Southern White Culture

For indispensable reporting on the coronavirus crisis and more, subscribe to Mother Jones' newsletters.

Kathleen Parker muses on the Republican Party’s woes:

Not all Southern Republicans are wing nuts. Nor does the GOP have a monopoly on ignorance or racism. And, the South, for all its sins, is also lush with beauty, grace and mystery. Nevertheless, it is true that the GOP is fast becoming regionalized below the Mason-Dixon line and increasingly associated with some of the South’s worst ideas.

It is not helpful (or surprising) that “birthers” — conspiracy theorists who have convinced themselves that Barack Obama is not a native son — have assumed kudzu qualities among Republicans in the South. In a poll commissioned by the liberal blog Daily Kos, participants were asked: “Do you believe that Barack Obama was born in the United States of America or not?”

Hefty majorities in the Northeast, the Midwest and the West believe Obama was born in the United States. But in the land of cotton, where old times are not by God forgotten, only 47 percent believe Obama was born in America and 30 percent aren’t sure.

Southern Republicans, it seems, have seceded from sanity.

Well, look, I like magnolia groves and bluegrass music too, but let’s call a spade a spade.  Parker never actually uses the word “white” in her column, but later on she makes it clear that’s what she’s talking about.  Not “the South.”  Not “Southern Republicans.”  Southern whites.

Parker says Republicans need to “drive a stake through the heart of old Dixie,” and she’s right.  The rest of us need to help.

NOTE: Penultimate paragraph redacted on advice of my frontal lobe.

THE BIG PICTURE

You expect the big picture, and it's our job at Mother Jones to give it to you. And right now, so many of the troubles we face are the making not of a virus, but of the quest for profit, political or economic (and not just from the man in the White House who could have offered leadership and comfort but instead gave us bleach).

In "News Is Just Like Waste Management," we unpack what the coronavirus crisis has meant for journalism, including Mother Jones’, and how we can rise to the challenge. If you're able to, this is a critical moment to support our nonprofit journalism with a donation: We've scoured our budget and made the cuts we can without impairing our mission, and we hope to raise $400,000 from our community of online readers to help keep our big reporting projects going because this extraordinary pandemic-plus-election year is no time to pull back.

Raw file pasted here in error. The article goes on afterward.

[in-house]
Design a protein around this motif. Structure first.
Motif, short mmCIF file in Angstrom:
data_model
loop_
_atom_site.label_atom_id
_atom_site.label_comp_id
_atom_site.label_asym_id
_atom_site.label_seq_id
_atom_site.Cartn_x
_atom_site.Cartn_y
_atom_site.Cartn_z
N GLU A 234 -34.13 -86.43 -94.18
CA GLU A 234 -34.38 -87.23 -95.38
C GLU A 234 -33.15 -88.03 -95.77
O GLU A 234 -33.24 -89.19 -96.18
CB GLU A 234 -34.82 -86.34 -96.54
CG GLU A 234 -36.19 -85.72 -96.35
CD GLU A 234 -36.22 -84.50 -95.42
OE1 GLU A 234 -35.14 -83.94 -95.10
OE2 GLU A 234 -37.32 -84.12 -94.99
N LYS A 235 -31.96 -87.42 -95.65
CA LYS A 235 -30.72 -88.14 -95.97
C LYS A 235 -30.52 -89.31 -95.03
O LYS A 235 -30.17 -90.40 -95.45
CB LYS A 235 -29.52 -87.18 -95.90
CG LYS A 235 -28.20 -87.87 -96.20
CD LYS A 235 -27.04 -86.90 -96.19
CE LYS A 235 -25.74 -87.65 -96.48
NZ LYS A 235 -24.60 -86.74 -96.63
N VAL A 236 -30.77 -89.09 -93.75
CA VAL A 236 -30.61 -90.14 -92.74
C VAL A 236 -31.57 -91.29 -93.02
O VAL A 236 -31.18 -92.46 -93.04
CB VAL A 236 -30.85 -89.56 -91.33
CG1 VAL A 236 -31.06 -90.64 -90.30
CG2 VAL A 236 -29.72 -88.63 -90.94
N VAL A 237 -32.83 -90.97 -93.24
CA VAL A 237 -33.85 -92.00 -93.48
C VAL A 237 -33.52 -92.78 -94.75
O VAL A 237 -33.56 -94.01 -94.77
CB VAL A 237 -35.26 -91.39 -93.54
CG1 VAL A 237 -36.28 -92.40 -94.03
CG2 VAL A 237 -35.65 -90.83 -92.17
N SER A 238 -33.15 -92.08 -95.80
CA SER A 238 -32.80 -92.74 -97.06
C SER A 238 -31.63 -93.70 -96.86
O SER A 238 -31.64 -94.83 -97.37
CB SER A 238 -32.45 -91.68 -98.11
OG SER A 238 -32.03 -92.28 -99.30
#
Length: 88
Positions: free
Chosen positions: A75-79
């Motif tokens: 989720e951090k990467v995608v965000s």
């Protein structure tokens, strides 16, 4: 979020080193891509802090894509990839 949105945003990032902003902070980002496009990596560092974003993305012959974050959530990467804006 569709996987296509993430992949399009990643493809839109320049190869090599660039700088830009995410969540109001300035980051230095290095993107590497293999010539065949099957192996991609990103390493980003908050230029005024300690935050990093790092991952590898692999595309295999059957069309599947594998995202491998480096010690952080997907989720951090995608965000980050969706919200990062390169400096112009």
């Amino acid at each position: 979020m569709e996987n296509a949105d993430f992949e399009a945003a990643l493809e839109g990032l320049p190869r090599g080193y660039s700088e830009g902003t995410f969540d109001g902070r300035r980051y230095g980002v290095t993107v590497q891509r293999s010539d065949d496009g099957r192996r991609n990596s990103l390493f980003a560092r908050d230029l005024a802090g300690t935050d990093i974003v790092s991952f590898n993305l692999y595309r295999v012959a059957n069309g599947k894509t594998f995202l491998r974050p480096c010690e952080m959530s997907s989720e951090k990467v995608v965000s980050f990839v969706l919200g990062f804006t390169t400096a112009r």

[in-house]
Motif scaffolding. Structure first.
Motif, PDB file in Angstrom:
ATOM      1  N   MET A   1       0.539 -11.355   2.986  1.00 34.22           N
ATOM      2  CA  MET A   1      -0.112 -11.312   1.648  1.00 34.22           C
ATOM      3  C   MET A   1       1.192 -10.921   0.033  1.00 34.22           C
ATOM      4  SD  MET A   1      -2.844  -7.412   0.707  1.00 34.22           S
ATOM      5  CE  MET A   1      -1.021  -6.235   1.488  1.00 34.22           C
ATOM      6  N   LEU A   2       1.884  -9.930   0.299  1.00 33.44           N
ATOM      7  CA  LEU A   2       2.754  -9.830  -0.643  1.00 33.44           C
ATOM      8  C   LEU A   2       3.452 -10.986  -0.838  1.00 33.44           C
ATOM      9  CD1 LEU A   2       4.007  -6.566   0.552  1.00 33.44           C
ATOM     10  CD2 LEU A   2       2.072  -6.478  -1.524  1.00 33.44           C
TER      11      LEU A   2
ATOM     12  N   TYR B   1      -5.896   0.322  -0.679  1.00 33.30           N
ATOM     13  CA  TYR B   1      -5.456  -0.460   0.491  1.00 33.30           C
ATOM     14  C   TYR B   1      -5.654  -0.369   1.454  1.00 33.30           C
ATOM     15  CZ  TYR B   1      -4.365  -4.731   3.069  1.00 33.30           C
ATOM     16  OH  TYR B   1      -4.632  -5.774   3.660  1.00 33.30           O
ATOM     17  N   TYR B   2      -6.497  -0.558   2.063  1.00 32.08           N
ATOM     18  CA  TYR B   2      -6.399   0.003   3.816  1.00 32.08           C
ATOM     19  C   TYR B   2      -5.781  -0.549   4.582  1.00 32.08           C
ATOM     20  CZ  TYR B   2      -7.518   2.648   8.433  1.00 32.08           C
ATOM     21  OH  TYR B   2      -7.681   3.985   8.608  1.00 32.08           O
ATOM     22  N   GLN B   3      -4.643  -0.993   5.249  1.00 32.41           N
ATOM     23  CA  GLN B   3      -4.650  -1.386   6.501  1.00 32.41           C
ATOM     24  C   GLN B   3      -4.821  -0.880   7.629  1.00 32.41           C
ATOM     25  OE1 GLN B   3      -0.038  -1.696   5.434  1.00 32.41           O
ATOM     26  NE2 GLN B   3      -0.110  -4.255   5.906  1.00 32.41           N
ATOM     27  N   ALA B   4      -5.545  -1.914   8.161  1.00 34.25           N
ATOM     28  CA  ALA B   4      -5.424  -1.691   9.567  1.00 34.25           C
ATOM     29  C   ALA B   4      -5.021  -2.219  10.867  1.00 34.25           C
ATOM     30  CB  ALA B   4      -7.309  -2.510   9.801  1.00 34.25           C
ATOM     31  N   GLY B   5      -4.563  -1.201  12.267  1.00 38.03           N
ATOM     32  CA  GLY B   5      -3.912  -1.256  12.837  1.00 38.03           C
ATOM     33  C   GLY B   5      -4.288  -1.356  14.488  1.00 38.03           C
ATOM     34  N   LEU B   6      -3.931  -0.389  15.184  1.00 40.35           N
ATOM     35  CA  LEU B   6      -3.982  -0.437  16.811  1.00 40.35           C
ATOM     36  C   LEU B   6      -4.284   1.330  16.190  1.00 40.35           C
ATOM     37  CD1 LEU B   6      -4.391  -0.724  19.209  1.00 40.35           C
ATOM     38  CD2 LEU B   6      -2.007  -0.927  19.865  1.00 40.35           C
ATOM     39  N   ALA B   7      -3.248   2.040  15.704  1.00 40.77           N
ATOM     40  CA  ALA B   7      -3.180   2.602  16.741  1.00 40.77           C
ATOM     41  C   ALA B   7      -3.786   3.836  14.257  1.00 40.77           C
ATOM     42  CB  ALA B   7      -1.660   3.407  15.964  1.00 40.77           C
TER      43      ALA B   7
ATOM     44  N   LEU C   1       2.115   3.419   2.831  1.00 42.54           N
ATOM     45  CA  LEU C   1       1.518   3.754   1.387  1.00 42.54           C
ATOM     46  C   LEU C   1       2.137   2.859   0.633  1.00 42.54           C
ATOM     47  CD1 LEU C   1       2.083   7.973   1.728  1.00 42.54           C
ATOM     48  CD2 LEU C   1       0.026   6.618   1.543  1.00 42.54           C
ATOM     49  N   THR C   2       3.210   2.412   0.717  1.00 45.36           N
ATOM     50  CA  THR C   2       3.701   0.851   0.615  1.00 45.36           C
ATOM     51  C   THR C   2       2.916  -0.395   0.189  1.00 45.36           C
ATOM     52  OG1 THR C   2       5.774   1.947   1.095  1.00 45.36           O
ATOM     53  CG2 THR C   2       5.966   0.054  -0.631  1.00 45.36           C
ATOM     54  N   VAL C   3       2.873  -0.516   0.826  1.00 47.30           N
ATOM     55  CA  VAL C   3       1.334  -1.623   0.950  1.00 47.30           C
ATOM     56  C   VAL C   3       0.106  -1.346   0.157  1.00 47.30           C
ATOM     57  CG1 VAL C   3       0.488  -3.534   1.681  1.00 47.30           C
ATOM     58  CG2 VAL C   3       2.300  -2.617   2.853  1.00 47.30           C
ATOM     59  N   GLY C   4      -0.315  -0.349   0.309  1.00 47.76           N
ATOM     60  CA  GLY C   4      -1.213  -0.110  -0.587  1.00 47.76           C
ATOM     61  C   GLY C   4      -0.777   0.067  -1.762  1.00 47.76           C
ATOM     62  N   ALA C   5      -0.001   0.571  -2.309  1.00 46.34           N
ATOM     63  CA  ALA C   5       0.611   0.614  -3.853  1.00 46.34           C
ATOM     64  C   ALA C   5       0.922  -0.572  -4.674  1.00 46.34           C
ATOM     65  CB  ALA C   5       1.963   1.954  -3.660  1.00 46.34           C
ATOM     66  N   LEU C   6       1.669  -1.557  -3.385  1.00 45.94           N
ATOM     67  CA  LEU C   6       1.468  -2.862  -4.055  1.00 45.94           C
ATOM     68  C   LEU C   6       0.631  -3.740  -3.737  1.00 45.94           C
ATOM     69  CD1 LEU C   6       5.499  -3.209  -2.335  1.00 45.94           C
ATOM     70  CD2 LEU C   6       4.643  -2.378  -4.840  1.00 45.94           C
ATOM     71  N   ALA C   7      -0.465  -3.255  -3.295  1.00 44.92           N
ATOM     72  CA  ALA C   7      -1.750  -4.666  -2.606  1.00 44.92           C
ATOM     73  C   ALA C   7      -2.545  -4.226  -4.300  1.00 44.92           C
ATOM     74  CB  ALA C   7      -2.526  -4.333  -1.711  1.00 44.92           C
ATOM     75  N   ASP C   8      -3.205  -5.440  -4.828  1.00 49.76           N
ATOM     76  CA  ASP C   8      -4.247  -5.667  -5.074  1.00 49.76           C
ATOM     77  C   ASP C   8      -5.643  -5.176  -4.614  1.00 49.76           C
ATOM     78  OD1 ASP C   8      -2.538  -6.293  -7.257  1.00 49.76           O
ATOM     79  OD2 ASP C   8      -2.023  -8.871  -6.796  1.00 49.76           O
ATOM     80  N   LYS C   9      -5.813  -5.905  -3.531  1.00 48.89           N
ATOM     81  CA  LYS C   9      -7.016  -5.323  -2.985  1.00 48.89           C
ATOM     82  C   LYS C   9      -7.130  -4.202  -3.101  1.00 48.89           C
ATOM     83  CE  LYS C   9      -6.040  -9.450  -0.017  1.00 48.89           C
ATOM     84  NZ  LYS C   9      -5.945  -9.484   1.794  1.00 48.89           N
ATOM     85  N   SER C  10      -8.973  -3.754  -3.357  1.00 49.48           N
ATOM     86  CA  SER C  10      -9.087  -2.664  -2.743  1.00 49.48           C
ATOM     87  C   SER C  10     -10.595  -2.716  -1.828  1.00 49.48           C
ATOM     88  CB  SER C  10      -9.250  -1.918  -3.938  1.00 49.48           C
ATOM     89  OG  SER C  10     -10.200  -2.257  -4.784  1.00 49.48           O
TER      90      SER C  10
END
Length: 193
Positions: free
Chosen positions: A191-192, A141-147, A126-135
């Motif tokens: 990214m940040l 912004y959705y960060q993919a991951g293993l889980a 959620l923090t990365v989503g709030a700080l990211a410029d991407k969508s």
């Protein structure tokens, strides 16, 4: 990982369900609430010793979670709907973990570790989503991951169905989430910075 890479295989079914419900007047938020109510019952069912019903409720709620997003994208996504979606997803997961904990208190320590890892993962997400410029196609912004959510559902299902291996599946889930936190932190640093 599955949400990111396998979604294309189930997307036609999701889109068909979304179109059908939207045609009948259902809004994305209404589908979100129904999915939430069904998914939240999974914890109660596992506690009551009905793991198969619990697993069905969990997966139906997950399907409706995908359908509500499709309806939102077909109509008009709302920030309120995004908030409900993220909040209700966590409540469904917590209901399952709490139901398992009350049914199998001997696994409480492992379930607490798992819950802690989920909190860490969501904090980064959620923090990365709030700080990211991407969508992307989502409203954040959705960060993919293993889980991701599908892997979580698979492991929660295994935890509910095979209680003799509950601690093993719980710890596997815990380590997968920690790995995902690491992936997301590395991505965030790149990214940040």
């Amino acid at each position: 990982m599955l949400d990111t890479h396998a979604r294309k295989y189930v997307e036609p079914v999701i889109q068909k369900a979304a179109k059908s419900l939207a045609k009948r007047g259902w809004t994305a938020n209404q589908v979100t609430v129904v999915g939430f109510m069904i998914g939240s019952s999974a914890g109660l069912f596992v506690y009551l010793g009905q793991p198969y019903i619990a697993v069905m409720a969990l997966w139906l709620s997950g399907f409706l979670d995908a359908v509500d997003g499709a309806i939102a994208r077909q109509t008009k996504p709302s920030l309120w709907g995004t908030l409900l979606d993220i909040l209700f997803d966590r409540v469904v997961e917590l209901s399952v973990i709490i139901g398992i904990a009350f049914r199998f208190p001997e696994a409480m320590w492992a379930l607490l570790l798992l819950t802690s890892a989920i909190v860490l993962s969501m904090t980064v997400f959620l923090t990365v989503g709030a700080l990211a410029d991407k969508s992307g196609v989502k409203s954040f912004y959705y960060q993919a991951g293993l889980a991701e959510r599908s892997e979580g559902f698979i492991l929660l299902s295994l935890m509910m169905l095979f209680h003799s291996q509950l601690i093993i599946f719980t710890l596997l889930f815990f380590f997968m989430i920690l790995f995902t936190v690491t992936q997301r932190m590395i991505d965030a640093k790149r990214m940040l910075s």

THE BIG PICTURE

You expect the big picture, and it's our job at Mother Jones to give it to you. And right now, so many of the troubles we face are the making not of a virus, but of the quest for profit, political or economic (and not just from the man in the White House who could have offered leadership and comfort but instead gave us bleach).

In "News Is Just Like Waste Management," we unpack what the coronavirus crisis has meant for journalism, including Mother Jones’, and how we can rise to the challenge. If you're able to, this is a critical moment to support our nonprofit journalism with a donation: We've scoured our budget and made the cuts we can without impairing our mission, and we hope to raise $400,000 from our community of online readers to help keep our big reporting projects going because this extraordinary pandemic-plus-election year is no time to pull back.

We Recommend

Latest

Sign up for our newsletters

Subscribe and we'll send Mother Jones straight to your inbox.

Get our award-winning magazine

Save big on a full year of investigations, ideas, and insights.

Subscribe

Support our journalism

Help Mother Jones' reporters dig deep with a tax-deductible donation.

Donate

We have a new comment system! We are now using Coral, from Vox Media, for comments on all new articles. We'd love your feedback.